Commentary Politics

Not a ‘Hard Choice’: Why Clinton Needs to Get Out the Vote for Midterm Elections on Her Book Tour

Zerlina Maxwell

Now is the right time for Clinton, who began a national book tour on Tuesday to promote her new memoir, to test narratives and messaging that can resonate with young people—namely young women—in order to get out the vote this November.

If we don’t want a repeat of the Obama years, when some important gains were made for women but a lot of ground was lost, former Secretary of State Hillary Clinton needs to get out on the trail and mobilize young women now.

Clinton needs to use her incredible popularity and credibility among U.S. voters to ensure that if and when she runs for president, a victory brings with it a Democratic majority. She needs to be on the stump, and on message, encouraging young women to vote their interests, increasing the minimum wage, closing the gender wage gap, and ensuring reproductive health-care access is expanding, not disappearing as a result of Republican anti-choice policies sweeping the states.

Now is the right time for Clinton, who began a national book tour on Tuesday to promote her new memoir Hard Choices, to test narratives and messaging that can resonate with young people—namely young women—in order to get out the vote this November, not two years from now. Clinton can and should use her impressive media spotlight and spur young people to action and refocus the media’s attention away from the latest right-wing smear about Benghazi or ageist speculation about her having “brain damage.” She’s already won over millennials on social media with the clever “Texts From Hillary” campaign, but she needs to be even more open and direct about how she is going to fight against regressive Republican policies that are taking women back to the 1950s.

If she plays it safe, going through the usual drills—tour stops full of pithy anecdotes, vague policy assertions, and platitudes that make us feel warm and fuzzy—Clinton will have missed an incredible opportunity to propel herself and women into the next generation of power in one fell swoop.

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The gender gap that beltway pundits describe after every election is made up of women of color and single women. Clinton can speak to the obstacles that marginalized women face, with rising costs of child care, lack of access to affordable health care, and a larger wage gap than their white counterparts.

As Imani Gandy pointed out in March, “Let’s also not forget that if it wasn’t for Black women, we would be facepalming our way through a Mitt Romney presidency right now.”

Clinton has an opportunity to right many wrongs and win back trust after the 2008 primary controversies, and frame issues of economic power for women—bread-and-butter issues—around the stories of women of color.

“I know I have a decision to make,” she recently told People magazine. “But part of what I’ve been thinking about, is everything I’m interested in and everything I enjoy doing—and with the extra added joy of ‘I’m about to become a grandmother,’ I want to live in the moment. At the same time I am concerned about what I see happening in the country and in the world.”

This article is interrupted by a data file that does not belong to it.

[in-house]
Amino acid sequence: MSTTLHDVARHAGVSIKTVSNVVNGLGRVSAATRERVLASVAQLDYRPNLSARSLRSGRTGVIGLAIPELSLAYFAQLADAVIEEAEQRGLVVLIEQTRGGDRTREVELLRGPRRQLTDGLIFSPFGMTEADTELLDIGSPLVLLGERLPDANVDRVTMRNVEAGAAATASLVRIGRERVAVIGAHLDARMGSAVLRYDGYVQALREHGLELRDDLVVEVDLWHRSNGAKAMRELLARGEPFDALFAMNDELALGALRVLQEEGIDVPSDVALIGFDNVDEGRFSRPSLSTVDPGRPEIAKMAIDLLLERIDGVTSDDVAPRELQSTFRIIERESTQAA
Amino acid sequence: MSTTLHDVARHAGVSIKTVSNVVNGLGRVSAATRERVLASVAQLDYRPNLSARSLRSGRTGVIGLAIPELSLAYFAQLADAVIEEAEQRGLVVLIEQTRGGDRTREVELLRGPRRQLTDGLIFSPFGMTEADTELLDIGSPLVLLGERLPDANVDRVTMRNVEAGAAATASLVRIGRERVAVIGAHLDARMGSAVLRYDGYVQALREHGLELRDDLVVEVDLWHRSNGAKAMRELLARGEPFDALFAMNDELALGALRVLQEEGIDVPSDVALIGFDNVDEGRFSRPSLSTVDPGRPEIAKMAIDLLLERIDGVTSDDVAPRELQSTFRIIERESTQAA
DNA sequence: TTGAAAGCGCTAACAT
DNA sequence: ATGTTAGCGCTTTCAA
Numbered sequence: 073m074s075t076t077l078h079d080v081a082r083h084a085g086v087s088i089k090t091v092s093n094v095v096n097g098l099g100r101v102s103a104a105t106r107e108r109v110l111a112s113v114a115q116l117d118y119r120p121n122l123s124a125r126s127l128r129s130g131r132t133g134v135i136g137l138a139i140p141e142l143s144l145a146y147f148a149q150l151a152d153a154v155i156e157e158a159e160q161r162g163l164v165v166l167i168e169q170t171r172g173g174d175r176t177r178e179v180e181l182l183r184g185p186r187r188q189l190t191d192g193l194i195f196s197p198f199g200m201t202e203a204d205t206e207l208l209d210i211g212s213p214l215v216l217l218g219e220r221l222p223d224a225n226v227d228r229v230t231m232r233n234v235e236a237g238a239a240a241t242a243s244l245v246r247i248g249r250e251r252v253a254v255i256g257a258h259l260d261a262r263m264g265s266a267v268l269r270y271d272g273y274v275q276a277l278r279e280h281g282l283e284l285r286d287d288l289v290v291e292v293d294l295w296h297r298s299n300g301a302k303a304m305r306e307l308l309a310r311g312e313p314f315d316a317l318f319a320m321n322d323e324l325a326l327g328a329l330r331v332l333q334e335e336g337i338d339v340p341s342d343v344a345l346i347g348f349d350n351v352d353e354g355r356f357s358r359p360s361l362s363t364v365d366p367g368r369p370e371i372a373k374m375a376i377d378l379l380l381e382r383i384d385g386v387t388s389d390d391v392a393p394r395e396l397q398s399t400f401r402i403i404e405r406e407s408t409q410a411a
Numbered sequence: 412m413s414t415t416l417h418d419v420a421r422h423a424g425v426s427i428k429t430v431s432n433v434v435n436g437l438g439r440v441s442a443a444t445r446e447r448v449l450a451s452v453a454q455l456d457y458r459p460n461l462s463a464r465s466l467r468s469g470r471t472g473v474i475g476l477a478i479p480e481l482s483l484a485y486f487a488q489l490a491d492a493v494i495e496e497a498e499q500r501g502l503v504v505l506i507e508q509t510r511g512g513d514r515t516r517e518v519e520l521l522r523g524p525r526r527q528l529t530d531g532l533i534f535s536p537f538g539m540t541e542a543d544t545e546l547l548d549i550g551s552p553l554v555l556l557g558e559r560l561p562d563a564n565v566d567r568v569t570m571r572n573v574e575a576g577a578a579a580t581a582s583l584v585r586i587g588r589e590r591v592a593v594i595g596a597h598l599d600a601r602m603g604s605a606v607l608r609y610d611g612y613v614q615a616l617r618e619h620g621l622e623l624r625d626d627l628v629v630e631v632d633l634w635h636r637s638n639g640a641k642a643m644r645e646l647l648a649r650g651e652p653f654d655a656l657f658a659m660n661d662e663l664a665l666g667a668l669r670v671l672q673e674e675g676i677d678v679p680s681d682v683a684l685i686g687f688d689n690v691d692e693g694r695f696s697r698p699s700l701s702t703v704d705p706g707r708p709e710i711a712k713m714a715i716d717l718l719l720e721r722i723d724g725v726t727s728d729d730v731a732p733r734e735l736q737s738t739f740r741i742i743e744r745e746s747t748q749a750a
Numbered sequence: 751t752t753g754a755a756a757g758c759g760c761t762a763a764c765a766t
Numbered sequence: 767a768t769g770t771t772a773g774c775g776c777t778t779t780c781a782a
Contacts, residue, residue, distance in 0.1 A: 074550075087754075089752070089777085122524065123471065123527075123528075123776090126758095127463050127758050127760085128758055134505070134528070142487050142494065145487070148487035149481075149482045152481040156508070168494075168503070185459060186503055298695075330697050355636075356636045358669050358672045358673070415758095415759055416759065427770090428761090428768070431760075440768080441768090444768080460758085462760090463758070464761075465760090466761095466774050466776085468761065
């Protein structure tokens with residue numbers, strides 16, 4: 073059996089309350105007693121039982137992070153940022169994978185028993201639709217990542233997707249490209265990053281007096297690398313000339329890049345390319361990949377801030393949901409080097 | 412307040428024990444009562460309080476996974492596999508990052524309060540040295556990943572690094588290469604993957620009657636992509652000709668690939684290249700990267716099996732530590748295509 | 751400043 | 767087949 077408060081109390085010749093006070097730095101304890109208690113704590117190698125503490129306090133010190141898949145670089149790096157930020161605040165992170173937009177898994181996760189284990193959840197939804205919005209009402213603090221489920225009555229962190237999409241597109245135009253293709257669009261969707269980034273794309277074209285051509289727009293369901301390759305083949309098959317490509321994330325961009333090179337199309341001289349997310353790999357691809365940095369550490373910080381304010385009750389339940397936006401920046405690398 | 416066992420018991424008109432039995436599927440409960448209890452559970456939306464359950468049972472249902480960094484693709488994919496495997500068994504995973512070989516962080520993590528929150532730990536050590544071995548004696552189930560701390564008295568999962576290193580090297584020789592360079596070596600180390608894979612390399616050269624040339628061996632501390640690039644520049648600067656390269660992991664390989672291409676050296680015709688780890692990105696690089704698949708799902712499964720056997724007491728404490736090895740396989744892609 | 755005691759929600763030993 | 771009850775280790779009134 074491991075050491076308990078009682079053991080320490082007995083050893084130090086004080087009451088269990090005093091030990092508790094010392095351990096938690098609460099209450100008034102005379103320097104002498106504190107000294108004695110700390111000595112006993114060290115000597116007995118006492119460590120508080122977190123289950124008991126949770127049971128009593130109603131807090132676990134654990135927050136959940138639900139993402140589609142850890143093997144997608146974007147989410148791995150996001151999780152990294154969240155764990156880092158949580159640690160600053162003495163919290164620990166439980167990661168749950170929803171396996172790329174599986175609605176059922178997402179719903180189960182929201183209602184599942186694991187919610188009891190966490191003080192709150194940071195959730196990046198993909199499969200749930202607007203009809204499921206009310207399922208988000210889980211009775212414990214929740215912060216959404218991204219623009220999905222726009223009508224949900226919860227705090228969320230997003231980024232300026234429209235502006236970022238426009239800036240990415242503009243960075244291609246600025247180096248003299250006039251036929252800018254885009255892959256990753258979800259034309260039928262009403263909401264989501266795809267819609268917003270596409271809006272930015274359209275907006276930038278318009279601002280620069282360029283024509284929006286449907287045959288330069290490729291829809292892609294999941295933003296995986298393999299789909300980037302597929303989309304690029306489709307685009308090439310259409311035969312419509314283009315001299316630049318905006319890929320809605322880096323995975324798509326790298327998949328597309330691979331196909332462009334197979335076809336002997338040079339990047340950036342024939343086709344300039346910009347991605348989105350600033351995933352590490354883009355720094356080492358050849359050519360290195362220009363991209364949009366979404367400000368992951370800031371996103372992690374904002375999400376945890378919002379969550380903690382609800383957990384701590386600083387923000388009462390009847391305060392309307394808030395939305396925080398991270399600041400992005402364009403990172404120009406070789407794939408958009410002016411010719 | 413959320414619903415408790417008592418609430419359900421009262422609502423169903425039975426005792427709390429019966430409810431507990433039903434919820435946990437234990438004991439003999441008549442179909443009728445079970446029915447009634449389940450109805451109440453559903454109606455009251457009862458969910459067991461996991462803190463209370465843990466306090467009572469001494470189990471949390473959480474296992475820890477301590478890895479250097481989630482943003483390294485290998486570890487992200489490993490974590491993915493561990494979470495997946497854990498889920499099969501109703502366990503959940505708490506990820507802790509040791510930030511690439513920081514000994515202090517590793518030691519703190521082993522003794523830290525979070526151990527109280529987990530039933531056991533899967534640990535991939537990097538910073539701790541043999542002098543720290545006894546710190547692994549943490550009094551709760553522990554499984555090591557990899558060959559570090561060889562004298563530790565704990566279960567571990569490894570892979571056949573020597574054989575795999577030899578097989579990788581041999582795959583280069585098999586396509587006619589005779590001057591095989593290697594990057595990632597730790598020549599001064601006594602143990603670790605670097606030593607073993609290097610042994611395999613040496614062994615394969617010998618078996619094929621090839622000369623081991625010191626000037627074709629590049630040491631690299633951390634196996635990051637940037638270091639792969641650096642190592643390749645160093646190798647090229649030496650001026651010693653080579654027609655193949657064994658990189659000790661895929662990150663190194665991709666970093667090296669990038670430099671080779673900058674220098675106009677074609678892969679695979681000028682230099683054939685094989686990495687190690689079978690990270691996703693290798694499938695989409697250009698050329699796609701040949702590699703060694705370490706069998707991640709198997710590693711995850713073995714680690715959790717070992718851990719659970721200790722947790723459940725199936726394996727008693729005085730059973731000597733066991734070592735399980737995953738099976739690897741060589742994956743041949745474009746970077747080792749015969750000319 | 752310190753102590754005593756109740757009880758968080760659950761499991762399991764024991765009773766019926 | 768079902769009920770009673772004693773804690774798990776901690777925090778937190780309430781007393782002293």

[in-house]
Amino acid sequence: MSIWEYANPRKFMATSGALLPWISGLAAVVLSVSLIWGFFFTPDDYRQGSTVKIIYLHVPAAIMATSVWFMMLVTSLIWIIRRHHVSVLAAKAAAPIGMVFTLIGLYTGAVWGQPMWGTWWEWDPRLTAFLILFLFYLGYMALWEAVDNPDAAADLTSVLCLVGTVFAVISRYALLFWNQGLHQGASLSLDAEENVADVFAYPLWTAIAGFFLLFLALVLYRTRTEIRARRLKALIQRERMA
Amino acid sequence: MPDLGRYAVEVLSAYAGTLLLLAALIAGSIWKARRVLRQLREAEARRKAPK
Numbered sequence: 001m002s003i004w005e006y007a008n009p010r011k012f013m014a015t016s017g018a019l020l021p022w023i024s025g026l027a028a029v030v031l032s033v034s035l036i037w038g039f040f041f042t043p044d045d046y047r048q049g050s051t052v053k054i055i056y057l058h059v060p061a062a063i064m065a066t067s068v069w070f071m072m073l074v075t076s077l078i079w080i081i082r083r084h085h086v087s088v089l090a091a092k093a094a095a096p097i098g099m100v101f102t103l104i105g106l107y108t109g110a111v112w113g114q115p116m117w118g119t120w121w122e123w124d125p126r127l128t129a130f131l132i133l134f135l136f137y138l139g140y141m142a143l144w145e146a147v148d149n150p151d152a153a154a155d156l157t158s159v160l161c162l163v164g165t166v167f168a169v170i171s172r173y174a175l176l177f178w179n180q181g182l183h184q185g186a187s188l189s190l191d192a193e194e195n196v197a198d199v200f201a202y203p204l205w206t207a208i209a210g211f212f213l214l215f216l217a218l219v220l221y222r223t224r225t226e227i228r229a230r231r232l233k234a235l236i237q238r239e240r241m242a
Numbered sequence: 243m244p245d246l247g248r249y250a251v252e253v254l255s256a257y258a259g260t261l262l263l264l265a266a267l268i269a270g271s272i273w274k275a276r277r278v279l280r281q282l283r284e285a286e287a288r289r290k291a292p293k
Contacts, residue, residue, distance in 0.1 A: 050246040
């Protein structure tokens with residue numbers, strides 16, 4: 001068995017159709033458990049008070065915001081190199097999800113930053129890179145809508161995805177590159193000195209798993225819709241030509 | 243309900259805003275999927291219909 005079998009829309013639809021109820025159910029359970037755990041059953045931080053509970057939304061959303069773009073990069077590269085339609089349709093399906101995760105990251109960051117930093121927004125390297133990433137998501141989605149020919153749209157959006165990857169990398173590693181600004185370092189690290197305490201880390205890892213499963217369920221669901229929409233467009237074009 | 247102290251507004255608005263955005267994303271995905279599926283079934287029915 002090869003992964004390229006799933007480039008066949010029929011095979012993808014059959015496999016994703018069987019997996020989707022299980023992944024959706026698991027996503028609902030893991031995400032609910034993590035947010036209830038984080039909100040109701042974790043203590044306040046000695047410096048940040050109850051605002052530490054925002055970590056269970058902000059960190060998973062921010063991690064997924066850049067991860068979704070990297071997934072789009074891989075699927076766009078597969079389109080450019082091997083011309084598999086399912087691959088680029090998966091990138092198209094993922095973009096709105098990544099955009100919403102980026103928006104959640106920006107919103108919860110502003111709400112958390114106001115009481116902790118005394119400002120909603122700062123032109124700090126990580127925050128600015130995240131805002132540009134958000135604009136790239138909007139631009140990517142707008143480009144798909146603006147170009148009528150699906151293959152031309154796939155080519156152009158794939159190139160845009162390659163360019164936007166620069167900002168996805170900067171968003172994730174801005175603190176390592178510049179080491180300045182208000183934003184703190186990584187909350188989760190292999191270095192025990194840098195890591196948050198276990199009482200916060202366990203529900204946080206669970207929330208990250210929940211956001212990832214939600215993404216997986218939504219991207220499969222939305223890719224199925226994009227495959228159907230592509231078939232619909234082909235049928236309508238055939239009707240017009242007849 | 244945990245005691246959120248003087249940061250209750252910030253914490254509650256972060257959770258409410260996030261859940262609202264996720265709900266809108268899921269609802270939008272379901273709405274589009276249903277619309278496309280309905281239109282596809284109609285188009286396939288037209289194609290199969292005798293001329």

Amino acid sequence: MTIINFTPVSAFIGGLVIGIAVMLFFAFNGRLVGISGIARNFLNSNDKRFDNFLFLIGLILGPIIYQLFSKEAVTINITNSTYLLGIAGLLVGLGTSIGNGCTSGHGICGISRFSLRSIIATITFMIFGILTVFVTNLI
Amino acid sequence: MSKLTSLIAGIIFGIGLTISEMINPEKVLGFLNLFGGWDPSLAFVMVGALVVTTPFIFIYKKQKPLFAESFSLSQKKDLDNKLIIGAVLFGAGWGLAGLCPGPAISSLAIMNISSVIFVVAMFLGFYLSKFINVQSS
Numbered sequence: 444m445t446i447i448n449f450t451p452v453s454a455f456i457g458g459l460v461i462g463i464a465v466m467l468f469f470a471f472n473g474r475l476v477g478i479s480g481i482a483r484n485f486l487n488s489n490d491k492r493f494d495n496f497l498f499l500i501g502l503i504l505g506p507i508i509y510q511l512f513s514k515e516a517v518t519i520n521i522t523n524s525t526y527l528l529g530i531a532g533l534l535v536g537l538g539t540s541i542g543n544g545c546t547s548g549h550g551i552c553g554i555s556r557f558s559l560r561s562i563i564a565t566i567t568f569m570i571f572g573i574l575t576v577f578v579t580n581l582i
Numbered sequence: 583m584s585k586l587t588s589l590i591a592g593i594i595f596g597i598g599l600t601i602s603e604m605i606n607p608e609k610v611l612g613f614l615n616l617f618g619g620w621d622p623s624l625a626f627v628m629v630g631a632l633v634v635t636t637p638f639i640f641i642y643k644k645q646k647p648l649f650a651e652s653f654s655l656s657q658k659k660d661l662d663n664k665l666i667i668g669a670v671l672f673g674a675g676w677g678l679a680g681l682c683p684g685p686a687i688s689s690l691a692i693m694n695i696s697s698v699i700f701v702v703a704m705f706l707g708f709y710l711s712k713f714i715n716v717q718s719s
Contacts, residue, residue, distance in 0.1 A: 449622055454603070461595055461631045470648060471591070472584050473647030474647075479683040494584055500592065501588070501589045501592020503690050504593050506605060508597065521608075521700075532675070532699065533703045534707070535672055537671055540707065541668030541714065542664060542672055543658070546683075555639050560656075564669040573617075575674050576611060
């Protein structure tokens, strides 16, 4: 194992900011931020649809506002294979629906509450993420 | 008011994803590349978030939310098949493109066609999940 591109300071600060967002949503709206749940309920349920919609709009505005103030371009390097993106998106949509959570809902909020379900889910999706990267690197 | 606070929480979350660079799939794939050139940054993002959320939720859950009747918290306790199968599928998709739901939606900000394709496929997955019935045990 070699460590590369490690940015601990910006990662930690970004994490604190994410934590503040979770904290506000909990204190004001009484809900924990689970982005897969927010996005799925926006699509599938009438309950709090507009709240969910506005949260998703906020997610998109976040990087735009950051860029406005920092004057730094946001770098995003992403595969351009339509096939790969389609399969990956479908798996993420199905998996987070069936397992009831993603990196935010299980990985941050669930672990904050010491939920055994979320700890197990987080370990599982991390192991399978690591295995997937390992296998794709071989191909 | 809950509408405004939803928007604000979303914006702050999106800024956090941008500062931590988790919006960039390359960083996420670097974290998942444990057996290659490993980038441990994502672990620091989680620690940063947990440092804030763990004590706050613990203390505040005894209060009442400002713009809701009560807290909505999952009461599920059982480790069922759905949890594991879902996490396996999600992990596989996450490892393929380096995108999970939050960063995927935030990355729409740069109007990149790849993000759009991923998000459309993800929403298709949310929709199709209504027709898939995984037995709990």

While Clinton is busy playing the “I’m not running for president” game, progressives are losing time, wondering about the future, uncertain if she will be progressive enough, and resisting the natural inclination to draft the solidly progressive Sen. Elizabeth Warren (D-MA) as a presidential candidate.

In previous cycles, potential candidates mounted their campaigns in the winter after the midterm elections; President Obama announced his candidacy in February 2007. But this cycle is different.

Clinton has been a household name for a generation. Millennials who grew up hearing about the “mommy wars,” and who later came of age and voted for President Obama, now may be ready to give Clinton a shot. But the incentive for them to get out the vote in 2014, should be that she won’t just be in the executive branch, unable to pass anything as a result of congressional gridlock.

And as the first woman in the oval office, Clinton would likely face similar problems as the many other women who have fought the odds and tradition to reach the top of an organization at a time of turmoil and unrest. UK professors Michelle Ryan and Alex Haslam were the first to label this phenomena the “glass cliff”—it means that women who occupy positions of power are more likely to do so when the risk of failure is high, “either because they are appointed to lead organizations (or organizational units) that are in crisis or because they are not given the resources and support needed for success.”

So there is a real danger present that even if she runs, and even if she wins, Clinton won’t be able to be effective, and the public will wrongly conclude that having a woman in the Oval Office is a mistake.

All this speculation is itself exhausting, and the Democratic base, which is still suspicious of the Clintons because of their treatment of President Obama during the South Carolina primary, needs some convincing. Why not start now?

Speculation about how Clinton matches up against potential challengers is fun for the pundits, but her effective use of the media’s interest in her to achieve victories at the ballot box for Democrats is sure to generate some loyalty among the base. A democratic base that is reasonably skeptical of the hawkish pro-Iraq War Clinton that reigned supreme in the 2008 cycle.